Authors

Lesley Gissane

Alison Noori

#2 Curious Incident of the Dog in the Night-time: Feeling different is normal

#2 Curious Incident of the Dog in the Night-time: Feeling different is normal

The second part in our series on Big Ideas in Curious Incident of the Dog in the Night-time is a little late since this week we have been busy helping our students prepare for HSC and IB assessments. This week’s big idea explores how the novel shows that feeling different IS normal and that the world can be a confusing and challenging place for everyone. It is easy to read the character of Christopher as a portrayal of difference - of someone who is built to see and understand the world in a way that is different from the mainstream. But this is not really what Haddon aims to do. (He has reminded people in interviews when they focus on Christopher as a portrayal of someone on the autism spectrum that no particular condition is specified for Christopher.) He wants to show that we all go through life feeling a little bit like we are not sure what the rules are or whether we have understood other people the right way. He does this through the characterisation of Christopher. When it comes to writing an essay on this novel it would be easy to write the WHOLE essay about Christopher because he really is a brilliantly depicted character but he is not the only one. It is important to discuss how other characters also face struggles in life, especially when it comes to relationships and family in the modern world.

It isn’t entirely comfortable. It’s about how little separates us from those we turn away from in the street. It’s about how badly we communicate with one another. It’s about accepting that every life is narrow and that our only escape from this is not to run away (to another country, another relationship, a slimmer, more confident self) but to learn to love the people we are and the world in which we find ourselves.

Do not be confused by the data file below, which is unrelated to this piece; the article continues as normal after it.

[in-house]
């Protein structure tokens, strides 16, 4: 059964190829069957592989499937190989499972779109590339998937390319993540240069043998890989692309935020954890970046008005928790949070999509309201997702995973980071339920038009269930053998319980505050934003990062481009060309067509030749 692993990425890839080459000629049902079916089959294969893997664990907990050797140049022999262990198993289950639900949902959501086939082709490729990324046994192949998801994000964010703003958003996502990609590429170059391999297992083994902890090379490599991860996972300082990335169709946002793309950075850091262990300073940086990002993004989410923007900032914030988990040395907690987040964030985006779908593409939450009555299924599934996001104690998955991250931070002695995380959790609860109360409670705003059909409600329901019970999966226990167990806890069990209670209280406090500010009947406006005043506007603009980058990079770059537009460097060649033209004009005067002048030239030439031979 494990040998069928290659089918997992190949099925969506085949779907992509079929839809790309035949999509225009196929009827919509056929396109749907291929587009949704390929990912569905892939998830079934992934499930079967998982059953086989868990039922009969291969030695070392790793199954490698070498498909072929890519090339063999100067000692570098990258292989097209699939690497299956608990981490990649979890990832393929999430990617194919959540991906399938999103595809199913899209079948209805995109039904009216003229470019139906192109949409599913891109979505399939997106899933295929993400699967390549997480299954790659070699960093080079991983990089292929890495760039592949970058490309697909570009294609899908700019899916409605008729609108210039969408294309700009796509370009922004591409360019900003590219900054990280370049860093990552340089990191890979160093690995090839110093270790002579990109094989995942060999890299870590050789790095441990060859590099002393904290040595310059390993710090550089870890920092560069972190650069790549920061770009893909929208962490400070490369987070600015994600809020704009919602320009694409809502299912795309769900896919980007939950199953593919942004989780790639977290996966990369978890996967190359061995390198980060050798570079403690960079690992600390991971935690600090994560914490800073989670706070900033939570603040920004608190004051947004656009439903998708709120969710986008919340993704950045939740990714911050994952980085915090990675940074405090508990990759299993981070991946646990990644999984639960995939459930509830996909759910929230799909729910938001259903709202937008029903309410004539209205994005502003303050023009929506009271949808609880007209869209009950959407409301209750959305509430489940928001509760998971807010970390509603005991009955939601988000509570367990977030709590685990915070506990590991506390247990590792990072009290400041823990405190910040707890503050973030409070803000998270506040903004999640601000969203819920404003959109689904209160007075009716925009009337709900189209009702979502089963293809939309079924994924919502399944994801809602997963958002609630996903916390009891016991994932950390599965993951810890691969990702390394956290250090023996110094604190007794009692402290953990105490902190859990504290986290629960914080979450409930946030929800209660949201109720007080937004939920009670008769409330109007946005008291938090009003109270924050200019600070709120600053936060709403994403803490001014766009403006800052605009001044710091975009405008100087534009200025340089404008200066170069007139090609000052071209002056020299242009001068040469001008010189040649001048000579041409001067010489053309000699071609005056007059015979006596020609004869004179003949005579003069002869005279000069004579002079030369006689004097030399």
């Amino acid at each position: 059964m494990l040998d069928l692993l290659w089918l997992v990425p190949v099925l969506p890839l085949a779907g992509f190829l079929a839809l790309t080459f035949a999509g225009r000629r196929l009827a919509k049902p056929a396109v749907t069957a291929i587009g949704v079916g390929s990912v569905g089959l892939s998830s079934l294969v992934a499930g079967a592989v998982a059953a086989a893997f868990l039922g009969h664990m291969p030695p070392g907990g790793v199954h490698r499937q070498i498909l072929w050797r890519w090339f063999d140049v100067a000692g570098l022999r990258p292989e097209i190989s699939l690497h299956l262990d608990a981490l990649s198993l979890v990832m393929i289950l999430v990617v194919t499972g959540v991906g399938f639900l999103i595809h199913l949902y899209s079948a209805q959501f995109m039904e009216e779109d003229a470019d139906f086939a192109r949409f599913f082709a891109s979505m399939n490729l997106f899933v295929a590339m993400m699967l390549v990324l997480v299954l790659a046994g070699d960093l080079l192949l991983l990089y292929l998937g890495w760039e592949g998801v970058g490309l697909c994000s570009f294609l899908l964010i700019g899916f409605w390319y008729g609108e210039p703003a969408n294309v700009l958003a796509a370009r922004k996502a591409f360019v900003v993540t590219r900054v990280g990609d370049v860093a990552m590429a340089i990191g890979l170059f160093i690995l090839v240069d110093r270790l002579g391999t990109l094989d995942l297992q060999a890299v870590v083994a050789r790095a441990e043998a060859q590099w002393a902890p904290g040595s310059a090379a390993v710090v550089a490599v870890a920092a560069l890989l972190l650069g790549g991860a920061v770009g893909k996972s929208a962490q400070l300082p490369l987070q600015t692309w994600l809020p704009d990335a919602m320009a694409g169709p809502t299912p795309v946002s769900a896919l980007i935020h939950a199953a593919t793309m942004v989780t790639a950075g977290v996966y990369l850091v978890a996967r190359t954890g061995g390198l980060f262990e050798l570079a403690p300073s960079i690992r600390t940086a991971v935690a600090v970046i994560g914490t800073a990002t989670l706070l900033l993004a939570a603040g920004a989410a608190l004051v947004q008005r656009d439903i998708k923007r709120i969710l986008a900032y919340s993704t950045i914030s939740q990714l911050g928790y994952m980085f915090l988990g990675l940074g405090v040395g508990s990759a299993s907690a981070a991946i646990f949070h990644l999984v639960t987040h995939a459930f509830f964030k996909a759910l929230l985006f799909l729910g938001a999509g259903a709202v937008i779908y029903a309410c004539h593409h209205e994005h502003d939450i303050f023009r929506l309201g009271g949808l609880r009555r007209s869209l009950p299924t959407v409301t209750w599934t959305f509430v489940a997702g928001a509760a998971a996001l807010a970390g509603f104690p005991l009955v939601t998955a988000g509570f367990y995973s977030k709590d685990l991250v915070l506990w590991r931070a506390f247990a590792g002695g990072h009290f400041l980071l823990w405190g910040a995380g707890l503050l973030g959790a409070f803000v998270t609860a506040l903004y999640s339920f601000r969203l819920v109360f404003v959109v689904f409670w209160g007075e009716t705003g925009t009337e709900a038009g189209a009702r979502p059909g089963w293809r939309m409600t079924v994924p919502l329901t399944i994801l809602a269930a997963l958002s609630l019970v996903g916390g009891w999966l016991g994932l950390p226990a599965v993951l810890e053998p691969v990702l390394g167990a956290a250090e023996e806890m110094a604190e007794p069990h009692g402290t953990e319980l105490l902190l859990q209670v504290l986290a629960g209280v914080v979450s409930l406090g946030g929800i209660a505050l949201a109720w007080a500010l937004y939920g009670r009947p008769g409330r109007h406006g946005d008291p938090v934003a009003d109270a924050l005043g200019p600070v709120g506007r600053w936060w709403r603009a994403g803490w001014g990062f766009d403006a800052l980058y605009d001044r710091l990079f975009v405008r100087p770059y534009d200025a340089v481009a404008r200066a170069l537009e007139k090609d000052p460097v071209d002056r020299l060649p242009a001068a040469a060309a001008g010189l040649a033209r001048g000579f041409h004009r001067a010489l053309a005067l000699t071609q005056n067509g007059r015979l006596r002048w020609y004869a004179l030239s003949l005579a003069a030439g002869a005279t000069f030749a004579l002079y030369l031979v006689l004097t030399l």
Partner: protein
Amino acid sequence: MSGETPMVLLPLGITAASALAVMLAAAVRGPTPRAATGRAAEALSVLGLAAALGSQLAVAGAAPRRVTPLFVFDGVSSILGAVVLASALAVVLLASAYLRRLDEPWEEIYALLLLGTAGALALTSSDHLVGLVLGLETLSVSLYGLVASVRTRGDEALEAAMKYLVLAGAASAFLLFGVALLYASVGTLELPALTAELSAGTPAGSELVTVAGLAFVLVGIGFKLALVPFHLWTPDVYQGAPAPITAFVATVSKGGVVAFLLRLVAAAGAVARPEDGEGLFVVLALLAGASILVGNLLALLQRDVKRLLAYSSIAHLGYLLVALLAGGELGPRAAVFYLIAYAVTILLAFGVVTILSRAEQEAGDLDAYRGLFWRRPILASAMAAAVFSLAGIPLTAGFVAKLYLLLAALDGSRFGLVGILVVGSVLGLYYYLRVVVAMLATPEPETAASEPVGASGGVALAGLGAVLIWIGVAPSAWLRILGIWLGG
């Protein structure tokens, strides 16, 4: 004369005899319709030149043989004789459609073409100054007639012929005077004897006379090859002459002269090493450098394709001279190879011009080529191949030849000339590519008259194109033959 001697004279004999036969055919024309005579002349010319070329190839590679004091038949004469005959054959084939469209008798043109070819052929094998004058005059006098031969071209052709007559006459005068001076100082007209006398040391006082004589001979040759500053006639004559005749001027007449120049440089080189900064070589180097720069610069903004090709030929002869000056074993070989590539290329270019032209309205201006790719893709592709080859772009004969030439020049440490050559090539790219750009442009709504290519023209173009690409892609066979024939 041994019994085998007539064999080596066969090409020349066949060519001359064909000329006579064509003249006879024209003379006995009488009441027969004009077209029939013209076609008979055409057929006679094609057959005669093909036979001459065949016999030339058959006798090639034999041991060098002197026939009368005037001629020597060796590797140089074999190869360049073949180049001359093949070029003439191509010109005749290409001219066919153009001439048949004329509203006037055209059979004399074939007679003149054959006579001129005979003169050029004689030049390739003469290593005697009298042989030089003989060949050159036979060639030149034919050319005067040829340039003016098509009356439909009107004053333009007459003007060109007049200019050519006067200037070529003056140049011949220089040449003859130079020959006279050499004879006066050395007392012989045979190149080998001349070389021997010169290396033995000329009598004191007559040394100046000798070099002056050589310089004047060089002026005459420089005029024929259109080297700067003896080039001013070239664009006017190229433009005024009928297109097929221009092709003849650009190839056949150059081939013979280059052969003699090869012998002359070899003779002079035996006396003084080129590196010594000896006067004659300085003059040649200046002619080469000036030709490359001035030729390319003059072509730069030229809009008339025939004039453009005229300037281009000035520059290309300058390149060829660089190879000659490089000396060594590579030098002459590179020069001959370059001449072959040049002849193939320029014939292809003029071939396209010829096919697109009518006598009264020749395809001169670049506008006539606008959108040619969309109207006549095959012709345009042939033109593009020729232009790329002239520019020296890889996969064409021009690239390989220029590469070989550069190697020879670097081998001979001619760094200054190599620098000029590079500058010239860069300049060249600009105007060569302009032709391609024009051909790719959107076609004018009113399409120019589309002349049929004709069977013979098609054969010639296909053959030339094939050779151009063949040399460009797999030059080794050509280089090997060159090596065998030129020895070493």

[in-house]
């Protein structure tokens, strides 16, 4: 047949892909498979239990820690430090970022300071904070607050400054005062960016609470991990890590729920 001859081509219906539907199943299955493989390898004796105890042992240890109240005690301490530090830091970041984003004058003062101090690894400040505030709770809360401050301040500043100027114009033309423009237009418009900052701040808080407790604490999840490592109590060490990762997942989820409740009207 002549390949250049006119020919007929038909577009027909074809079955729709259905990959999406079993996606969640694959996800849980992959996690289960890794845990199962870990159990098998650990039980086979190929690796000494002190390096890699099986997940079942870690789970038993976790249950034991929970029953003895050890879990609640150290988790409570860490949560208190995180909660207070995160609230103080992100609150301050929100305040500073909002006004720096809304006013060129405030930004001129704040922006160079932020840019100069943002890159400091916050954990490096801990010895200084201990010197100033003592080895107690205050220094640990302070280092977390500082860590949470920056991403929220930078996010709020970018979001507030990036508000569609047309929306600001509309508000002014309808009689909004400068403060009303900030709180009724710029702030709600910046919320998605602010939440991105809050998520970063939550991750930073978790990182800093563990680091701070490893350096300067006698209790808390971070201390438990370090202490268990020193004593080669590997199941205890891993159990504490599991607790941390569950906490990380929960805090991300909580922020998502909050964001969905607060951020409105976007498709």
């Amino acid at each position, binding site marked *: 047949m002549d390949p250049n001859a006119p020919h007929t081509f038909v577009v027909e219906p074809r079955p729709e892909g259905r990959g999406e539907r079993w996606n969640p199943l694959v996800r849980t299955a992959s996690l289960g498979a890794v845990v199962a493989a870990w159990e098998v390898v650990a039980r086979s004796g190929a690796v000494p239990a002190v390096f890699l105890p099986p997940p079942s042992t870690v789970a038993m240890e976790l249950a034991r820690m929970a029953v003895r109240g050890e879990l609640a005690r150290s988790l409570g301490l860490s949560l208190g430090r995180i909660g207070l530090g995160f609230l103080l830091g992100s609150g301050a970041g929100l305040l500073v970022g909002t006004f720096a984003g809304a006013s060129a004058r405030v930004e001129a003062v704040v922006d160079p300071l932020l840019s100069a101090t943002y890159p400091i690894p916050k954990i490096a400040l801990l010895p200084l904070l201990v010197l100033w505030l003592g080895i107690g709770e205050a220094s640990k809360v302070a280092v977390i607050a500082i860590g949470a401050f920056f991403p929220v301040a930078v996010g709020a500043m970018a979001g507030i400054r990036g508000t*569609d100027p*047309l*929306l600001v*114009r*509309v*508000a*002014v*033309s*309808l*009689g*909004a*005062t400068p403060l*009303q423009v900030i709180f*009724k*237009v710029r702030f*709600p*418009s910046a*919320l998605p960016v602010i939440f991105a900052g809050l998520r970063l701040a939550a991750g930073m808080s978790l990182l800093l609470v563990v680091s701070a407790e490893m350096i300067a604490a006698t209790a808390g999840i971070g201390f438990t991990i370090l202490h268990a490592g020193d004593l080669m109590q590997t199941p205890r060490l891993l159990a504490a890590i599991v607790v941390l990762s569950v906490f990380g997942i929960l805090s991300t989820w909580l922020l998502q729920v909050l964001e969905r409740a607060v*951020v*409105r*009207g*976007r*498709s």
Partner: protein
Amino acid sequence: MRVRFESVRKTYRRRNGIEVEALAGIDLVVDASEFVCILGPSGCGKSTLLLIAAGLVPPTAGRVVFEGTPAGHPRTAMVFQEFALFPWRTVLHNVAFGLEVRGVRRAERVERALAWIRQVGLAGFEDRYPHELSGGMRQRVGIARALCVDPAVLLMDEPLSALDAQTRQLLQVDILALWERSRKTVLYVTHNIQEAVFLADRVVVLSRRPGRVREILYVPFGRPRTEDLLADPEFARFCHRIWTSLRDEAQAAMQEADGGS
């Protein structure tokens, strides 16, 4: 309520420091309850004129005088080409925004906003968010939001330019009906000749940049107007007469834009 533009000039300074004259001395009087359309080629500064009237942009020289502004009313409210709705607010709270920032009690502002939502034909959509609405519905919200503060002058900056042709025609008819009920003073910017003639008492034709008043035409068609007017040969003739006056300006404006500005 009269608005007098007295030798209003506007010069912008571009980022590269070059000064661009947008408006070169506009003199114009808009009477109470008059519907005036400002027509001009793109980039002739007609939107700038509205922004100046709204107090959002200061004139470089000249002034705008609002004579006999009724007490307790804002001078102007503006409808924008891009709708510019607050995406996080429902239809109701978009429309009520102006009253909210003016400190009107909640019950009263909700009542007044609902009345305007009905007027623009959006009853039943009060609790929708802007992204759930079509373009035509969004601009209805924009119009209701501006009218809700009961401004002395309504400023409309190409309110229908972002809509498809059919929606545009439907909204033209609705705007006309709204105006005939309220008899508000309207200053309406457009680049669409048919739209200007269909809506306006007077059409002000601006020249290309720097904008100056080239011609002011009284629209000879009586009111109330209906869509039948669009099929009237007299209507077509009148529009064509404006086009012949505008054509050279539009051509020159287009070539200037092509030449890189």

— Mark Haddon

How does an author get these hugely different characters across? Through language. Ed Boone has distinctive diction, prone to anger. Another of the techniques Haddon uses is to insert the letters from Christopher’s mum into the narrative. This creates a new first person narrative point of view within the novel; in other words, we here the voice of the mother directly rather than mediated through Christopher’s perspective. The letters explain in her own simple way the struggles she has had with her personal relationships. 

The central feature of the book is the way in which Christopher uses language in unique and distinctive ways to show his internal thought processes and ways of coping in a fragmented and disconnected world. He creates meaning in his world by describing everyday features - train timetables, advertising posters, maps and signs - and how he interacts with them. Haddon’s use of various typographic features contribute to this.

Each of the characters is interacting with their own worlds too - making decisions, living with regrets, searching for a better life - and we get to see this close up experience of everyday life because of Christopher’s unique viewpoint.

Each of the characters is somehow very normal, with a very humdrum life which Haddon manages to turn into a gripping mystery full of eccentricity and unique viewpoints. He helps us to be more sympathetic to the ways in which Christopher is different but also to see that everyday lives are important enough to be the subject of a novel.

HSC Creative Writing Workshop

HSC Creative Writing Workshop

Curious Incident Big Idea No 1: We understand our world through language

Curious Incident Big Idea No 1: We understand our world through language